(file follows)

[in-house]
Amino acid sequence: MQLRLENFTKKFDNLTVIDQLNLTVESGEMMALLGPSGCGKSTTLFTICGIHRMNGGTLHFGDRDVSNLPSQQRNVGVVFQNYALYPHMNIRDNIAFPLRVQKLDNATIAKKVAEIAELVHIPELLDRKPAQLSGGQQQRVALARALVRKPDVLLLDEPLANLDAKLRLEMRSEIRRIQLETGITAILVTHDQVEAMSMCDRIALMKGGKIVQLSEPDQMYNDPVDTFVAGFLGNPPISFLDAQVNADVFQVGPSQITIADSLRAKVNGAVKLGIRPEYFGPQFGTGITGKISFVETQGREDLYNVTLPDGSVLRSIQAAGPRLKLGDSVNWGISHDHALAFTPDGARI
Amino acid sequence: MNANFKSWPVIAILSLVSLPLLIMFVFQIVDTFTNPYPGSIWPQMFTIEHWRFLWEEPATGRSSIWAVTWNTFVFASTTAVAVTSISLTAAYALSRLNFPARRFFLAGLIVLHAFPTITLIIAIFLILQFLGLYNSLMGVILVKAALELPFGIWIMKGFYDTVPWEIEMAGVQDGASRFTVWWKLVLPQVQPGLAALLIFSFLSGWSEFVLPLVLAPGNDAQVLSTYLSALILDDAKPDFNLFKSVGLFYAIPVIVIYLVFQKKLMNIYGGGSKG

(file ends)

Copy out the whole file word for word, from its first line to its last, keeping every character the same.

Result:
[in-house]
Amino acid sequence: MQLRLENFTKKFDNLTVIDQLNLTVESGEMMALLGPSGCGKSTTLFTICGIHRMNGGTLHFGDRDVSNLPSQQRNVGVVFQNYALYPHMNIRDNIAFPLRVQKLDNATIAKKVAEIAELVHIPELLDRKPAQLSGGQQQRVALARALVRKPDVLLLDEPLANLDAKLRLEMRSEIRRIQLETGITAILVTHDQVEAMSMCDRIALMKGGKIVQLSEPDQMYNDPVDTFVAGFLGNPPISFLDAQVNADVFQVGPSQITIADSLRAKVNGAVKLGIRPEYFGPQFGTGITGKISFVETQGREDLYNVTLPDGSVLRSIQAAGPRLKLGDSVNWGISHDHALAFTPDGARI
Amino acid sequence: MNANFKSWPVIAILSLVSLPLLIMFVFQIVDTFTNPYPGSIWPQMFTIEHWRFLWEEPATGRSSIWAVTWNTFVFASTTAVAVTSISLTAAYALSRLNFPARRFFLAGLIVLHAFPTITLIIAIFLILQFLGLYNSLMGVILVKAALELPFGIWIMKGFYDTVPWEIEMAGVQDGASRFTVWWKLVLPQVQPGLAALLIFSFLSGWSEFVLPLVLAPGNDAQVLSTYLSALILDDAKPDFNLFKSVGLFYAIPVIVIYLVFQKKLMNIYGGGSKG